DG IAEA, Mr Yukiya Amano’s second visit to Pakistan
12 March 2018
Islamabad: Mr Yukia Armano, Director General of International Atomic Energy Agency (IAEA) arrived in Islamabad earlier today on his second visit to Pakistan in 5 years. During the three day visit, Mr. Armano will meet with the Prime Minister Shahid Khaqan Abbasi to discuss strengthening Pakistan-IAEA cooperation in the peaceful applications of nuclear technology. He will also visit the Pakistan Atomic Energy Commission (PAEC) centers in Islamabad, Faisalabad, and Karachi.
The visit comes following the recent agreement by Pakistan with the International Atomic Energy Agency for the application of safeguards at K-2 & K-3. The draft of the Agreement was approved during the IAEA Board of Governors (BoG) meeting in March 2017. Pakistan has also formally applied for the membership of the Nuclear Supplies Group (NSG); NSG is a voluntary association aims to prevent nuclear proliferation by implementing guidelines for nuclear and nuclear-related exports. Pakistan believes that NSG membership should be criteria-based and non-discriminatory.
Prior to this, DG IAEA has visited Pakistan in March, 2014 when he met with President Mamnoon Hussain, the then Prime Minister, Mian Nawaz Sharif, as well as officials from PAEC and Pakistan Nuclear Regulatory Authority (PNRA). Mr. Amano also inaugurated the Pakistan Center of Excellence for Nuclear Security (PCENS) in 2014, while admiring the impressive training activities being carried out by Pakistani authorities.
The intention to establish a Centre of Excellence for Nuclear Security (CoE), which would act a hub of training for regional countries in the areas of physical protection and nuclear security was outlined by Pakistan at the 2012 at the Nuclear Security Summit in Seoul. Since, then, and in close partnership with the IAEA, Pakistan has organized various courses and training workshops for professionals working in the fields of nuclear safety, security and physical protection. The PCENS is working closely with the National Institute of Safety and Security (NISAS) and Pakistan Institute of Engineering and Applied Sciences (PIEAS).
Pakistan is a founding member of the IAEA, and has a history of excellent cooperation and partnership with the IAEA. Being an energy-deficient country facing acute power shortages, which are hampering national development, the government of Pakistan is exploring every potential avenue to meet these growing demands, including the possibility of nuclear energy to plug the deficit. Currently, four Nuclear Power Plants (K-1, C-1, C-2 and C-3, C-4) are in operation in the country, and two bigger units (K-2 & K-3) of 1100 MW each, are under construction near Karachi. These plants are expected to add a sizeable share of electricity to the national grid.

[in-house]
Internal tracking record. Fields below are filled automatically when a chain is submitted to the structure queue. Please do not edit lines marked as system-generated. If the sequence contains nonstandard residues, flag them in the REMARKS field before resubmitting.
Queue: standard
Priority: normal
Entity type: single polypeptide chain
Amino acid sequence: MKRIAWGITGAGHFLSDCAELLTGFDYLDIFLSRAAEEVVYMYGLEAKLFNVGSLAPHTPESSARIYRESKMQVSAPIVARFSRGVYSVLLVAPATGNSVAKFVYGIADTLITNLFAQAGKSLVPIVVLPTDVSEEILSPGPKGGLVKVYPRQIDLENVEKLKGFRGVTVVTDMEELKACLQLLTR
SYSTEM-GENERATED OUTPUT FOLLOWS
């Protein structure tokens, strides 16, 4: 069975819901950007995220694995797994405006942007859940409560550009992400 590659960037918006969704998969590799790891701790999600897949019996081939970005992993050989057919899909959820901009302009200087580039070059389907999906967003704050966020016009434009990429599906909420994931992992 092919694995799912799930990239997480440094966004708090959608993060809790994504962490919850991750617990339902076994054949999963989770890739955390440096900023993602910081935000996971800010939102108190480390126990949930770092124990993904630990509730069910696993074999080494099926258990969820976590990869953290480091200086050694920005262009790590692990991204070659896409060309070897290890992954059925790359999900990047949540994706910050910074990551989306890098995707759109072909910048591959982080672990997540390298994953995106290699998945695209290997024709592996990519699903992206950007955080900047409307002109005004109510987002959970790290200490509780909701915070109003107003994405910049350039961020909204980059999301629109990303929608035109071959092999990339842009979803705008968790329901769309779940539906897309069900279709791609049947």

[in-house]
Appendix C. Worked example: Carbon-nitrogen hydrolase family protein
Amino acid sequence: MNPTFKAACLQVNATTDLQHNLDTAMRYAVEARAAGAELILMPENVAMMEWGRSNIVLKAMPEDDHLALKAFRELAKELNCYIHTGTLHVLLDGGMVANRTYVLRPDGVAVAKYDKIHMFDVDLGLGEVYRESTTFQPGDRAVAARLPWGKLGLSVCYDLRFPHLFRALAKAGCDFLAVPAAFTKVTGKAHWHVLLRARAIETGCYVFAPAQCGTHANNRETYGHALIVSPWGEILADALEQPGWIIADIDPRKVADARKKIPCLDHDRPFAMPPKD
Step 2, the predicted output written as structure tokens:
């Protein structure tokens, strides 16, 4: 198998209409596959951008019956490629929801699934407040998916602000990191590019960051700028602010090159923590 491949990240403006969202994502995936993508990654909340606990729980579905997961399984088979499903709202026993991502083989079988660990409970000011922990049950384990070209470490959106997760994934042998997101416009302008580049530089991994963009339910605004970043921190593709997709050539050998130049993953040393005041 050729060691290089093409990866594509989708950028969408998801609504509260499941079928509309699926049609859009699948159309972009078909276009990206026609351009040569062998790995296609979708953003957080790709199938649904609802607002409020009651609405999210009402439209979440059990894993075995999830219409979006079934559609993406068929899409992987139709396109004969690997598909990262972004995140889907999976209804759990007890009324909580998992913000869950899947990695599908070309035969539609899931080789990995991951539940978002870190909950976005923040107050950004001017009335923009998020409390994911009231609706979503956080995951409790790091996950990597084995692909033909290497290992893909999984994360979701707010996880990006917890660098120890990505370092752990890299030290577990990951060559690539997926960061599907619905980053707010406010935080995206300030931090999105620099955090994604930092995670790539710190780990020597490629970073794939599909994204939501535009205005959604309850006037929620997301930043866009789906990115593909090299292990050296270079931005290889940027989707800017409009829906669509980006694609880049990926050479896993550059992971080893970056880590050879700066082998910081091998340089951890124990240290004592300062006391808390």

Unlike our eastern neighbor, all of Pakistan’s civil nuclear reactors are under IAEA safeguards, without exception. Pakistan is fully compliant of its obligations under international agreements, and remains committed to continuing and expanding cooperation with the Agency. Pakistan’s Nuclear Command Authority (NCA) has also expressed a strong desire to “continue to contribute meaningfully towards the global efforts to improve nuclear and expand international cooperation in these areas and play a positive role towards achieving the Sustainable Development Goals as a provider of expertise and services in peaceful nuclear application.” Furthermore, the NCA has appreciated the role of nuclear applications in the fields of “health, agriculture, medicine and industry” in the development of Pakistan.
Keeping in view the four decade of experience, and a strong nuclear safety and security culture and record, as well as highly robust command and control mechanisms, Pakistan should be eligible to provide nuclear “fuel cycle services” under IAEA, based on “non-discriminatory” nuclear fuel cycle assurance mechanisms. Additionally, Pakistan is also qualified to become a member of the Nuclear Supplier Group (NSG) and other high tech cartels. These legitimate aspirations are reinforced by 42 years of safe and secure operations of nuclear power plants under IAEA safeguards, without a single nuclear incident or accident. The further strengthening of cooperation with the IAEA will be a positive addition to Pakistan’s nuclear portfolio.
Author bio: Tahir Nazir is a research associate at the Centre for Pakistan and Gulf Studies (CPGS). The views expressed by the author do not represent the institute. He tweets @tahirdss